How to up your LinkedIn recruitment game

Social networking is changing the hiring landscape. With platforms like LinkedIn accessible to everyone, it’s now easier than ever to get in touch with candidates from all markets. Top candidates are bombarded with messages every week from companies and recruiters trying to persuade them to join their teams, and in turn candidates have become immune to these recruitment efforts. Knowing how to approach candidates whether they’re active or passive is really important for catching their attention and getting them to seriously consider you. So, how should you engage with candidates on LinkedIn?

First impressions count

Imagine you’re a top developer sat at your desk in the morning sifting through a week’s worth of LinkedIn messages. How do you decide which ones to read?

The subject line.

35% of people will only open a message if the subject line interests or resonates with them in some way. According to a recent marketing report, personalising messages with the recipient’s first name resulted in a 50% increase in response rates. However, it’s not just name personalisation that’s been proven to catch attention. According to LinkedIn themselves, some of the most enticing InMail subject lines include the name of a shared connection or topic of shared interest. Doing your research and finding common ground with the candidate could make a huge impact on the open rates of your messages.

Avoid the sales pitch

One of the biggest turn-offs for candidates is feeling like they’re being sold to. Rather than trying to make a hard sell on a job role, start an open conversation and offer the chance for a casual chat about projects coming up or future opportunities. By taking the softer approach, you can begin to build relationships with candidates making them much more willing to open up about new appointments.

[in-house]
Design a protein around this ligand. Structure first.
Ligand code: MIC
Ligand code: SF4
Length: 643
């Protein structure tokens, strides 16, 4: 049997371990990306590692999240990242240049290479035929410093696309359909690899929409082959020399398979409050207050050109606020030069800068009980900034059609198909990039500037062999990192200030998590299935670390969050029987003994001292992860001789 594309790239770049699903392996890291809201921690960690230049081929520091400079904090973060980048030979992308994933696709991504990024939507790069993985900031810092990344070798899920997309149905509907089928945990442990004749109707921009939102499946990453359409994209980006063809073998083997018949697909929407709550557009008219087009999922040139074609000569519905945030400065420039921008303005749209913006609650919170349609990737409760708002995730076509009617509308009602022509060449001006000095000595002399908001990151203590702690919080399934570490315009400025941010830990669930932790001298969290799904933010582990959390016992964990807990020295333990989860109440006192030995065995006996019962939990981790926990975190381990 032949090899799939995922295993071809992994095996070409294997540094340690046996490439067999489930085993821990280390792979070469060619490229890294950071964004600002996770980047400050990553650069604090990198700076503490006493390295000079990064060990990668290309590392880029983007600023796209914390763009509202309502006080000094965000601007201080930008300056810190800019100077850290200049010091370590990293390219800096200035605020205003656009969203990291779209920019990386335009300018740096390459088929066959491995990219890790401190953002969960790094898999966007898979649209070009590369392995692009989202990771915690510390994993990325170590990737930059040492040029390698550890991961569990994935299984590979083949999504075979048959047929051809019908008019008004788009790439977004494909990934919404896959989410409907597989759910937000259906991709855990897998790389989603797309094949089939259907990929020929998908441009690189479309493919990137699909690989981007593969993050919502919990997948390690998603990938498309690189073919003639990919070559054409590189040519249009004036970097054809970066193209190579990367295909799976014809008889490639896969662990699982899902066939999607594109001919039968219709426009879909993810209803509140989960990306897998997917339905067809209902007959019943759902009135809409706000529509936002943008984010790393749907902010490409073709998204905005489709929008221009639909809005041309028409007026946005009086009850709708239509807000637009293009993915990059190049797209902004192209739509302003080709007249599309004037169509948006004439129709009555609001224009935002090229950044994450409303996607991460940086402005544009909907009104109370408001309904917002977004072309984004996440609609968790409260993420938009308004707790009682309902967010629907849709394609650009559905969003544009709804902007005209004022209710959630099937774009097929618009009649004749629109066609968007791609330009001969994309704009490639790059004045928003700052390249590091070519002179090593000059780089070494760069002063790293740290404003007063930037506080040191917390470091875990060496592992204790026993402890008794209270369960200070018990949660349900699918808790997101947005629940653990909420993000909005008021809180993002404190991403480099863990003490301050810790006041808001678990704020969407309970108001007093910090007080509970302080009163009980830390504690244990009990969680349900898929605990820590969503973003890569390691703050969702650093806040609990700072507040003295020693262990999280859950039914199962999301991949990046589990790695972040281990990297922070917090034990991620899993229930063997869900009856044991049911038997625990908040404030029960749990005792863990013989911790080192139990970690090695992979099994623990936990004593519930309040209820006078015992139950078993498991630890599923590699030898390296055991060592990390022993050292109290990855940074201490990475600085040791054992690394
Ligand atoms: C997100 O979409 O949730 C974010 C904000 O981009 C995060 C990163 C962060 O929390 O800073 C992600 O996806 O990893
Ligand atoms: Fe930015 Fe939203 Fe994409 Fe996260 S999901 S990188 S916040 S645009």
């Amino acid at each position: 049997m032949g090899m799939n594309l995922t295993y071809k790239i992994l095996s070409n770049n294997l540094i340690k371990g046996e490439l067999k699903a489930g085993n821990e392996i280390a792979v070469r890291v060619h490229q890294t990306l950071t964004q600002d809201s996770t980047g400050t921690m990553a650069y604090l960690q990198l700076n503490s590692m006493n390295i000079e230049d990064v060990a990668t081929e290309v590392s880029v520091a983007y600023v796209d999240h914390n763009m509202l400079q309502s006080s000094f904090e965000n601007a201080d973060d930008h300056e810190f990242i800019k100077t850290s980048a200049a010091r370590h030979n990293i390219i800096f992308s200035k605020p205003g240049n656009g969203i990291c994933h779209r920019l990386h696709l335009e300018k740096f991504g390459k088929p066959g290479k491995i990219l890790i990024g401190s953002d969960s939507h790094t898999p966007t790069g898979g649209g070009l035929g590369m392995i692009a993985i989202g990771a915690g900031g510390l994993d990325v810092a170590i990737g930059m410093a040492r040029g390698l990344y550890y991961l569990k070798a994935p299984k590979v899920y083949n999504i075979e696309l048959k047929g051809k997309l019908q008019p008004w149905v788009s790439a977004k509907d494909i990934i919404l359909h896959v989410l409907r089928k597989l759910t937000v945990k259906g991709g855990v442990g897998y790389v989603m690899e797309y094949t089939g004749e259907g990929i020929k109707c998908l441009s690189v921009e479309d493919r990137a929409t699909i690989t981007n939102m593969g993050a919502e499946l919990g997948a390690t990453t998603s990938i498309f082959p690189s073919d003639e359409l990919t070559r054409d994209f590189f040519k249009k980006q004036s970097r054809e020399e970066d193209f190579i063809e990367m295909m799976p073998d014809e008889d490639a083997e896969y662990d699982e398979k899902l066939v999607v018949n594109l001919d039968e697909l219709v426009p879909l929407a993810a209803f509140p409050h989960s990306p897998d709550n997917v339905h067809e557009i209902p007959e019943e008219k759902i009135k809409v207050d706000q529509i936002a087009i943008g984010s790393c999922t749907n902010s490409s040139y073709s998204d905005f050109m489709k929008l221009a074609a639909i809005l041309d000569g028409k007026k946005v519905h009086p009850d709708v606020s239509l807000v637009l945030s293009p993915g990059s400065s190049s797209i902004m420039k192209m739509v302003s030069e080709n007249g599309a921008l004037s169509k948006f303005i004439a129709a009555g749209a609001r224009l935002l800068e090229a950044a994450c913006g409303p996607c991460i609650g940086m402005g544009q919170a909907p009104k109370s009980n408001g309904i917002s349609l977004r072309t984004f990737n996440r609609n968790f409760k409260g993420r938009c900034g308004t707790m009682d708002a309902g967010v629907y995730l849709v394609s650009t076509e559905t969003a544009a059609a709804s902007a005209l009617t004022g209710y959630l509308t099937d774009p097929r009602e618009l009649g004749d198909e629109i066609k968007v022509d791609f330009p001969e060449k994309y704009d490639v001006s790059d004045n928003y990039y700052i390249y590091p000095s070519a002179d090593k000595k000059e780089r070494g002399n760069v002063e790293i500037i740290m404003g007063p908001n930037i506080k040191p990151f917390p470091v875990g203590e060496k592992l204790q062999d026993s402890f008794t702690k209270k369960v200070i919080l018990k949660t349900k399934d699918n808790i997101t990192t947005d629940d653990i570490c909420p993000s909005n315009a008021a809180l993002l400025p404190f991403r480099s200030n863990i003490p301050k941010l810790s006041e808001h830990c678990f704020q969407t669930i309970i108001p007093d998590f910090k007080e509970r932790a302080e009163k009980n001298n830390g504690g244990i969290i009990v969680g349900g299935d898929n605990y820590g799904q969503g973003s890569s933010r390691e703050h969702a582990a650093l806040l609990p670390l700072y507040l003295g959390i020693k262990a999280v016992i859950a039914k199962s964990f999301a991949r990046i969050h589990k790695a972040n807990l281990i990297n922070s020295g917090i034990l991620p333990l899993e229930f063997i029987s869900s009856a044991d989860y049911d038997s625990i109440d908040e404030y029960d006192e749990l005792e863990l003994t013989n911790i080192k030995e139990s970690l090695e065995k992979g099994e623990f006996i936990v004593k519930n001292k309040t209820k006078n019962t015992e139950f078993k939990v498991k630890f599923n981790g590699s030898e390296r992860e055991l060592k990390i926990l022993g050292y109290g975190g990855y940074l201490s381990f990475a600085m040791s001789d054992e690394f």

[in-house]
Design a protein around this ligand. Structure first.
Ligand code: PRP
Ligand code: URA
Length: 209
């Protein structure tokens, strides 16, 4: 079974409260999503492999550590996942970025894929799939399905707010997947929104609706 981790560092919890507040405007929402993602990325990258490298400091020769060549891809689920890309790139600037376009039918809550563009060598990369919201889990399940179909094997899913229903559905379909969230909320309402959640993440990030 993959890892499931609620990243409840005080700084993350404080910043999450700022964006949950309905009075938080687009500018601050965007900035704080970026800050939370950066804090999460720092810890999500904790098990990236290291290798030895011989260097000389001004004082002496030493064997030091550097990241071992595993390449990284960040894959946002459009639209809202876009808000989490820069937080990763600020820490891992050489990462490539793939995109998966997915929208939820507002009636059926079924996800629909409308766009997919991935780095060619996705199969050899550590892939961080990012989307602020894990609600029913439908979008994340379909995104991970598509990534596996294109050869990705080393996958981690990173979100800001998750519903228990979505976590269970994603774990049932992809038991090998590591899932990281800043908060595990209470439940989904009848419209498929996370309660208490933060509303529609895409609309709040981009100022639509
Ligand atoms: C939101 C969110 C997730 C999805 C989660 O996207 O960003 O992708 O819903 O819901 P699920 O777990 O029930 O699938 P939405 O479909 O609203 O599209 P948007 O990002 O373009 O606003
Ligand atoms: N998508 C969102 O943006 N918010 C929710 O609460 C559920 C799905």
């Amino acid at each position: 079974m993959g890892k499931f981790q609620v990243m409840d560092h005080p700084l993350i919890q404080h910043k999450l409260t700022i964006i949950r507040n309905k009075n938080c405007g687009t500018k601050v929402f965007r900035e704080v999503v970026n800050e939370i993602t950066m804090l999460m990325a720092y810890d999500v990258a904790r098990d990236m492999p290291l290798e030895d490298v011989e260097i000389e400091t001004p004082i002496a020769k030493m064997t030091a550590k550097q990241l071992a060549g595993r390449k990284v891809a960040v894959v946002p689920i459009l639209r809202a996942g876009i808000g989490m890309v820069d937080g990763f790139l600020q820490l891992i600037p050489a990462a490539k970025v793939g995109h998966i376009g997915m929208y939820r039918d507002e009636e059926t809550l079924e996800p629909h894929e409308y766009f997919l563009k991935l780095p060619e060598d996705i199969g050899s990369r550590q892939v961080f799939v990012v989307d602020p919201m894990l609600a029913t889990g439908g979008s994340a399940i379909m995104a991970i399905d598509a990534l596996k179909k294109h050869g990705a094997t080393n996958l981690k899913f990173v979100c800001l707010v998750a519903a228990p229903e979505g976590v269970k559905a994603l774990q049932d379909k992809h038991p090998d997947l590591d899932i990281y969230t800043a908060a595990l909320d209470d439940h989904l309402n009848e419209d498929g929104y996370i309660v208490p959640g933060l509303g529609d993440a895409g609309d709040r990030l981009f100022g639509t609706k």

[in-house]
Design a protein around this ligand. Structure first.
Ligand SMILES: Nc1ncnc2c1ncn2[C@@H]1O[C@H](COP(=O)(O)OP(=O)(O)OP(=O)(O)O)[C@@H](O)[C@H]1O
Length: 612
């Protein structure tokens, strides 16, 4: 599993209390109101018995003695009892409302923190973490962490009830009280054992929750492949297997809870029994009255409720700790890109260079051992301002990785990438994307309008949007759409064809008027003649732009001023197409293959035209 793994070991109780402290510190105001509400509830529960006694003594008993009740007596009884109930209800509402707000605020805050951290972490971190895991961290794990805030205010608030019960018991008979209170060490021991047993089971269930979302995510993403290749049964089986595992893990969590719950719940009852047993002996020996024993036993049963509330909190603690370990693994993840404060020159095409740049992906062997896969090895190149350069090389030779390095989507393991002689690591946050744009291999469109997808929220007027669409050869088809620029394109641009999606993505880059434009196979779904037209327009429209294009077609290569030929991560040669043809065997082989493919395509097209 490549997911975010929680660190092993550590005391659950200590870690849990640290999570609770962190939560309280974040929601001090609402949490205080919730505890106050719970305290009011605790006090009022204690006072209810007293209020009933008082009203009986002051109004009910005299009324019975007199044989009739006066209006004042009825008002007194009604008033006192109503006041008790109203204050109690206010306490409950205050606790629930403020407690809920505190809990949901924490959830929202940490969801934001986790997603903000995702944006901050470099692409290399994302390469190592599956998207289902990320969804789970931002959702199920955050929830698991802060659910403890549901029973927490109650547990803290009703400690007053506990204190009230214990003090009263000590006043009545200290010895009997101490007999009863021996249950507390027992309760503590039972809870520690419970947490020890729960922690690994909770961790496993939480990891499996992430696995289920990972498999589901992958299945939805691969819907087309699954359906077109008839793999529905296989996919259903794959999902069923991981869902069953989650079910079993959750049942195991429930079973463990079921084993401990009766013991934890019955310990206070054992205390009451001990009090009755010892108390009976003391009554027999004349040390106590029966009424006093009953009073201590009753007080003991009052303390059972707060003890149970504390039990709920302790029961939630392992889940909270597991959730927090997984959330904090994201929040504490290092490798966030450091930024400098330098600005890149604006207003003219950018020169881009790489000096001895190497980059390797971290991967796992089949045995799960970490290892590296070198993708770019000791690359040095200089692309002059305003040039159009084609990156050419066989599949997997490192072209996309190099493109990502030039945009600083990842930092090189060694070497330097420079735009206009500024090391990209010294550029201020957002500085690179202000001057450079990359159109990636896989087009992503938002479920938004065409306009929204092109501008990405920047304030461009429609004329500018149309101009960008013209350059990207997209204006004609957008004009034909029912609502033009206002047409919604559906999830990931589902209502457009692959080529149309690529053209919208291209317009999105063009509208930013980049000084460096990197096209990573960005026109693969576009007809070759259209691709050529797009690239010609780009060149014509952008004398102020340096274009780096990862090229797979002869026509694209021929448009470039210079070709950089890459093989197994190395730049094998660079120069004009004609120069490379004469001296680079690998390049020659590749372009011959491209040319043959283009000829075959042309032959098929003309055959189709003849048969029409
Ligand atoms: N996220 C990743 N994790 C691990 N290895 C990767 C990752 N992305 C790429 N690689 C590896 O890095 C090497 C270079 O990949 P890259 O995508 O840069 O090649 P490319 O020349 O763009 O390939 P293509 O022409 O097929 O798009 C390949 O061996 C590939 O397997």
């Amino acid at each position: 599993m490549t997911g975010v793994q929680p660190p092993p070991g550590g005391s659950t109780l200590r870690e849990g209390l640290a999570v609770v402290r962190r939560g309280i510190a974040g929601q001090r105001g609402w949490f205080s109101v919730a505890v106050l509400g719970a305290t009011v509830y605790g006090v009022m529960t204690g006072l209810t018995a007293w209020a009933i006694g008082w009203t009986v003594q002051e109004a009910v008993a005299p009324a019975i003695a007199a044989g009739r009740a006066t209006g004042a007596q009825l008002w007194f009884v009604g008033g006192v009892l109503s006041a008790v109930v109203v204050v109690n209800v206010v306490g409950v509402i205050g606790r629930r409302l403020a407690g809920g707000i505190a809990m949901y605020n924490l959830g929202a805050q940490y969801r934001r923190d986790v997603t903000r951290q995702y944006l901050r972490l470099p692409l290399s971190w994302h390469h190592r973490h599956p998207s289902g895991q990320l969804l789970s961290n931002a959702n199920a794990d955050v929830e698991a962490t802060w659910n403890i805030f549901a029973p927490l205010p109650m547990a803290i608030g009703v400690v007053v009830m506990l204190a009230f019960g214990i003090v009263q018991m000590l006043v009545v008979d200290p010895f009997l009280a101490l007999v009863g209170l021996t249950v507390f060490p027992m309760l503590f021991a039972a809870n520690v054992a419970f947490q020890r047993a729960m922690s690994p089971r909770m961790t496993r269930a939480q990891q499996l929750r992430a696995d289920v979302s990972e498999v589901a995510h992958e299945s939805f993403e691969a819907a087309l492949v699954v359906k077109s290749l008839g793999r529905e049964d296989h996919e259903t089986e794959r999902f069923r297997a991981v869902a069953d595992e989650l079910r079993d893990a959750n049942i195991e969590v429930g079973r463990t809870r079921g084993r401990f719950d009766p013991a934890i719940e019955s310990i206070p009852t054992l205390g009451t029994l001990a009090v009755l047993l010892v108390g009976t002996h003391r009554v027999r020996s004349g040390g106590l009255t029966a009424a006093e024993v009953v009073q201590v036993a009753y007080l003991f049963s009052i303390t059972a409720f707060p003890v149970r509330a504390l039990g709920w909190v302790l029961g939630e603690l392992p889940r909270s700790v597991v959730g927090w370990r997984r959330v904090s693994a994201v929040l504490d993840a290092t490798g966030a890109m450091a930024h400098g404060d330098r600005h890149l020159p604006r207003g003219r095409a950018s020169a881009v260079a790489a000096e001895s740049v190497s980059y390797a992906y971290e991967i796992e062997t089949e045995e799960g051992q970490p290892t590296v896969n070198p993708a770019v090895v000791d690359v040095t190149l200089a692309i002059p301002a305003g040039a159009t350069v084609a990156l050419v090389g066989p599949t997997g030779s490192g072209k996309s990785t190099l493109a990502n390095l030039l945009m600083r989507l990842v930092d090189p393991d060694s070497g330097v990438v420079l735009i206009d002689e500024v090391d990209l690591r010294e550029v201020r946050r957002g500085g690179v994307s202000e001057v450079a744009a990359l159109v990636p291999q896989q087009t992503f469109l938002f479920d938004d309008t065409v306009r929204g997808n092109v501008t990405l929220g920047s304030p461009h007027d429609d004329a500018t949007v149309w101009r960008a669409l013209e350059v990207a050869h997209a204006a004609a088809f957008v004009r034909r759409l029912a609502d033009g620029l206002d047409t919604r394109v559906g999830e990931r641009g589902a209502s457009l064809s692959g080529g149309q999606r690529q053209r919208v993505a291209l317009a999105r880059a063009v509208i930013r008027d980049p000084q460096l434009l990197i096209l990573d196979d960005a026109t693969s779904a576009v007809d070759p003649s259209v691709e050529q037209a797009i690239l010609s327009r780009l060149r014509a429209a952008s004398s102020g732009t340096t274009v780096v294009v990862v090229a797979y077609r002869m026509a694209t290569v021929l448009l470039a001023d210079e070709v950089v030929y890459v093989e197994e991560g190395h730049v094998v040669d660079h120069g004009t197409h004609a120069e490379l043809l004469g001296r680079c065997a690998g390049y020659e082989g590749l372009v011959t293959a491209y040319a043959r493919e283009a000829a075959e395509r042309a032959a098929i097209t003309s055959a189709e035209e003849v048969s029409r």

Focus on the opportunity

When you approach a candidate on LinkedIn, it’s likely that they won’t actively be searching for a new role. However, 82% of workers stated that they’re open to hearing about new opportunities, even if they aren’t looking for a new job. A study by Stack Overflow highlighted that for tech candidates in particular, the most important factors for assessing a potential job are:

  • The benefits offered
  • Opportunities for professional development
  • The environment and company culture

With this in mind, don’t just go straight in with the job title, salary and a list of desired skills. Talk about the opportunity, being specific about the perks of your company, cultural values and goals; this will be much more appealing to the candidate.

Be transparent

Everyone likes to feel wanted. When you find a candidate to message on LinkedIn, be completely transparent about who you are and why you’re reaching out to them. Whether it was some specific experience you saw on their profile, a particular achievement that caught your eye or a recommendation from another person, tell them what stood out to you. Being honest and upfront with the candidate from the start will make them much more likely to engage with you.

Build relationships

The reality of recruiting tech candidates is tough. It’s likely that you’ll face a lot of rejections, but that doesn’t mean you need to cut all ties and lose contact with these candidates forever. Stay in contact with the people you engage with and work on building a talent pipeline for the future.

If you want more advice on hiring technology candidates, check out our blogs 5 rules for hiring software developers and how to build an effective candidate recruiter relationship.

Information Technology